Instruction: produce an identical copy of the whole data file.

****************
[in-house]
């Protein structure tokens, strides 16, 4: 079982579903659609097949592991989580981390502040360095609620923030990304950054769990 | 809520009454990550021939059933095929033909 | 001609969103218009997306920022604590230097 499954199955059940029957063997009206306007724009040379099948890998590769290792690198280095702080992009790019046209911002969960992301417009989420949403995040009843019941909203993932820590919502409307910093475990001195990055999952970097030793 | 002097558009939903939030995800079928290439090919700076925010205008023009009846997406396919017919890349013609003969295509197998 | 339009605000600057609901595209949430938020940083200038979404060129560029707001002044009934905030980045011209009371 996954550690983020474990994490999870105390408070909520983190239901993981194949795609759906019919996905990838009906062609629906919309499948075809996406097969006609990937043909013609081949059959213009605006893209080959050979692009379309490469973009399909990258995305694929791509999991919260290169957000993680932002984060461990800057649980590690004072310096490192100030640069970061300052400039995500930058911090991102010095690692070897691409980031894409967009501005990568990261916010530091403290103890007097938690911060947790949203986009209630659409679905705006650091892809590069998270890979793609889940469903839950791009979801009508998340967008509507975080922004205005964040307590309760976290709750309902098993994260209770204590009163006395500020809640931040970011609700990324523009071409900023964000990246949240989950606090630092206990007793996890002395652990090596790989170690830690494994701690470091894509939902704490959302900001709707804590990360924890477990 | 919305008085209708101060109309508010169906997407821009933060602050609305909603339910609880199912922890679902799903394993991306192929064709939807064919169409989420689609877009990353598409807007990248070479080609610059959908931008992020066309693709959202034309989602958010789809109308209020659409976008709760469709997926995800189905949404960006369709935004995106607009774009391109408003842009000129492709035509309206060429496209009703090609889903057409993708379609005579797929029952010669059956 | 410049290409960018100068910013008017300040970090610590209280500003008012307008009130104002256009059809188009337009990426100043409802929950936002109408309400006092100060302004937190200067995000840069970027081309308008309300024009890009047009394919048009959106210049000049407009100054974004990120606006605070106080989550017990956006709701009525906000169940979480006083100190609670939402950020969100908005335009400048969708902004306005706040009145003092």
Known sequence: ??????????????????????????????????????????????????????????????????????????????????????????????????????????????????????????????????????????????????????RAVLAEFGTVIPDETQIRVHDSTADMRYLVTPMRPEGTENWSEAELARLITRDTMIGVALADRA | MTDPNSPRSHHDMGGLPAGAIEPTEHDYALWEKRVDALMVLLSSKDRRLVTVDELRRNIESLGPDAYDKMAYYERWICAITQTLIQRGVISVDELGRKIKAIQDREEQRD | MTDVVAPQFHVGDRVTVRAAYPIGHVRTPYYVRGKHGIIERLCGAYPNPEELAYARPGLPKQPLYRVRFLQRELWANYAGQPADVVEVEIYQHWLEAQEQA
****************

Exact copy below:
[in-house]
């Protein structure tokens, strides 16, 4: 079982579903659609097949592991989580981390502040360095609620923030990304950054769990 | 809520009454990550021939059933095929033909 | 001609969103218009997306920022604590230097 499954199955059940029957063997009206306007724009040379099948890998590769290792690198280095702080992009790019046209911002969960992301417009989420949403995040009843019941909203993932820590919502409307910093475990001195990055999952970097030793 | 002097558009939903939030995800079928290439090919700076925010205008023009009846997406396919017919890349013609003969295509197998 | 339009605000600057609901595209949430938020940083200038979404060129560029707001002044009934905030980045011209009371 996954550690983020474990994490999870105390408070909520983190239901993981194949795609759906019919996905990838009906062609629906919309499948075809996406097969006609990937043909013609081949059959213009605006893209080959050979692009379309490469973009399909990258995305694929791509999991919260290169957000993680932002984060461990800057649980590690004072310096490192100030640069970061300052400039995500930058911090991102010095690692070897691409980031894409967009501005990568990261916010530091403290103890007097938690911060947790949203986009209630659409679905705006650091892809590069998270890979793609889940469903839950791009979801009508998340967008509507975080922004205005964040307590309760976290709750309902098993994260209770204590009163006395500020809640931040970011609700990324523009071409900023964000990246949240989950606090630092206990007793996890002395652990090596790989170690830690494994701690470091894509939902704490959302900001709707804590990360924890477990 | 919305008085209708101060109309508010169906997407821009933060602050609305909603339910609880199912922890679902799903394993991306192929064709939807064919169409989420689609877009990353598409807007990248070479080609610059959908931008992020066309693709959202034309989602958010789809109308209020659409976008709760469709997926995800189905949404960006369709935004995106607009774009391109408003842009000129492709035509309206060429496209009703090609889903057409993708379609005579797929029952010669059956 | 410049290409960018100068910013008017300040970090610590209280500003008012307008009130104002256009059809188009337009990426100043409802929950936002109408309400006092100060302004937190200067995000840069970027081309308008309300024009890009047009394919048009959106210049000049407009100054974004990120606006605070106080989550017990956006709701009525906000169940979480006083100190609670939402950020969100908005335009400048969708902004306005706040009145003092």
Known sequence: ??????????????????????????????????????????????????????????????????????????????????????????????????????????????????????????????????????????????????????RAVLAEFGTVIPDETQIRVHDSTADMRYLVTPMRPEGTENWSEAELARLITRDTMIGVALADRA | MTDPNSPRSHHDMGGLPAGAIEPTEHDYALWEKRVDALMVLLSSKDRRLVTVDELRRNIESLGPDAYDKMAYYERWICAITQTLIQRGVISVDELGRKIKAIQDREEQRD | MTDVVAPQFHVGDRVTVRAAYPIGHVRTPYYVRGKHGIIERLCGAYPNPEELAYARPGLPKQPLYRVRFLQRELWANYAGQPADVVEVEIYQHWLEAQEQA